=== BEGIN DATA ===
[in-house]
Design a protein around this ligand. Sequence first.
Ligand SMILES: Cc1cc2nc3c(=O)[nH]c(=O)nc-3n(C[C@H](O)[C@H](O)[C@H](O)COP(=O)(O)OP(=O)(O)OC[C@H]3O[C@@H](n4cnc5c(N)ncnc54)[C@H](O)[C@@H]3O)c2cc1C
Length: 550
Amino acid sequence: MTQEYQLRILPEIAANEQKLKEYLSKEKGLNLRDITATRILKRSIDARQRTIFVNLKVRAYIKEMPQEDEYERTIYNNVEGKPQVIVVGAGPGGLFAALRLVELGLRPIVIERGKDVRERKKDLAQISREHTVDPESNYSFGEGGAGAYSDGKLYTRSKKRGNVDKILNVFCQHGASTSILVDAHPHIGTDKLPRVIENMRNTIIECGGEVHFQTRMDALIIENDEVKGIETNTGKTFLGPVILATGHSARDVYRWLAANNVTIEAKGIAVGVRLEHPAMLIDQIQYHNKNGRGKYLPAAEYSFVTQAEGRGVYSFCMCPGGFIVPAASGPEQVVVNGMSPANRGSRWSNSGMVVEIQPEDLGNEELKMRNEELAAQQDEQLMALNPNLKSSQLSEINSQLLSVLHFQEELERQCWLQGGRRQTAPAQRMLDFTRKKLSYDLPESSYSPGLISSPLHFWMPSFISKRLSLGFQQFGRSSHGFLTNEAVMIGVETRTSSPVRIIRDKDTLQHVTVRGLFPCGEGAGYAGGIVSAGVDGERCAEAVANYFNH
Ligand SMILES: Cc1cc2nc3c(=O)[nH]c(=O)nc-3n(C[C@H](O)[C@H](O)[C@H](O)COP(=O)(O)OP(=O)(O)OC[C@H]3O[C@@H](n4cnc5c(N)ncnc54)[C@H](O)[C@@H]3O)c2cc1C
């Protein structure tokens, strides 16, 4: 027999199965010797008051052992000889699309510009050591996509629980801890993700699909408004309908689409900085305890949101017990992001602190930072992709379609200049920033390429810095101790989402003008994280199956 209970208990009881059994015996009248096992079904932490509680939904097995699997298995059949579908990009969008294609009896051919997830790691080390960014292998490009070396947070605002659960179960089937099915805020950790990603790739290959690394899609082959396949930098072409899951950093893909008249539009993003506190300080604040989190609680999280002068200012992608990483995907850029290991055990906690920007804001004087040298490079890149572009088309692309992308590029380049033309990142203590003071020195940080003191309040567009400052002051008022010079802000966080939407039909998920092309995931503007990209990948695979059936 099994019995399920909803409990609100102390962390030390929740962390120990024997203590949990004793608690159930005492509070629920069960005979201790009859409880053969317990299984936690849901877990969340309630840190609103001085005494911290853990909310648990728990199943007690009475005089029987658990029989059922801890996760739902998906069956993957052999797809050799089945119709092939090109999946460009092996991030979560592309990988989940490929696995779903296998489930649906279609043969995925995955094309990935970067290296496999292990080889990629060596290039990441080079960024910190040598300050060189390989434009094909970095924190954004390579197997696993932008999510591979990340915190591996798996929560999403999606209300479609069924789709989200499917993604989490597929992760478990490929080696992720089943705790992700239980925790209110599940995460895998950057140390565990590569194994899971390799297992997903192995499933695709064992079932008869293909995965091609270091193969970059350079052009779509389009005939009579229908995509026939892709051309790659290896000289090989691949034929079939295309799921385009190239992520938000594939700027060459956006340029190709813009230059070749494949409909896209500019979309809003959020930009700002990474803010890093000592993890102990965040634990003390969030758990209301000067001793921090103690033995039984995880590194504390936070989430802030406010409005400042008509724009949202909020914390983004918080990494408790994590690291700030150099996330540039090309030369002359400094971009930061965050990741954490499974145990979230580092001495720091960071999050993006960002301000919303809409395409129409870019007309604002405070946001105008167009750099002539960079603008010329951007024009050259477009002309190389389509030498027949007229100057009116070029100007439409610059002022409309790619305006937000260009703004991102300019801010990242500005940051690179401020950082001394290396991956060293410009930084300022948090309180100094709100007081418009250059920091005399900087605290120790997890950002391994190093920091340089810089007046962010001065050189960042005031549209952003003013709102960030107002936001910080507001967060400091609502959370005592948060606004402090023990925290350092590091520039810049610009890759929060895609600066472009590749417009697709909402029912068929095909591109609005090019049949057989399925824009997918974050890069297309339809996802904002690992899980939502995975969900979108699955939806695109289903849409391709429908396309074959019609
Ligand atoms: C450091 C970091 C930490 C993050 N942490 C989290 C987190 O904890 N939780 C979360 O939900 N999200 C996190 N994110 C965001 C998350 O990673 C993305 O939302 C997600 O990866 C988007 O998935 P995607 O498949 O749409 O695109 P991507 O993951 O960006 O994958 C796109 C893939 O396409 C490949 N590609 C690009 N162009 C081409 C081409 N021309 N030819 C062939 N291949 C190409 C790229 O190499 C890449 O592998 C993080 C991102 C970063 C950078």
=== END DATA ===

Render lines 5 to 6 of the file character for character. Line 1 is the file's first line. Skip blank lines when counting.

Amino acid sequence: MTQEYQLRILPEIAANEQKLKEYLSKEKGLNLRDITATRILKRSIDARQRTIFVNLKVRAYIKEMPQEDEYERTIYNNVEGKPQVIVVGAGPGGLFAALRLVELGLRPIVIERGKDVRERKKDLAQISREHTVDPESNYSFGEGGAGAYSDGKLYTRSKKRGNVDKILNVFCQHGASTSILVDAHPHIGTDKLPRVIENMRNTIIECGGEVHFQTRMDALIIENDEVKGIETNTGKTFLGPVILATGHSARDVYRWLAANNVTIEAKGIAVGVRLEHPAMLIDQIQYHNKNGRGKYLPAAEYSFVTQAEGRGVYSFCMCPGGFIVPAASGPEQVVVNGMSPANRGSRWSNSGMVVEIQPEDLGNEELKMRNEELAAQQDEQLMALNPNLKSSQLSEINSQLLSVLHFQEELERQCWLQGGRRQTAPAQRMLDFTRKKLSYDLPESSYSPGLISSPLHFWMPSFISKRLSLGFQQFGRSSHGFLTNEAVMIGVETRTSSPVRIIRDKDTLQHVTVRGLFPCGEGAGYAGGIVSAGVDGERCAEAVANYFNH
Ligand SMILES: Cc1cc2nc3c(=O)[nH]c(=O)nc-3n(C[C@H](O)[C@H](O)[C@H](O)COP(=O)(O)OP(=O)(O)OC[C@H]3O[C@@H](n4cnc5c(N)ncnc54)[C@H](O)[C@@H]3O)c2cc1C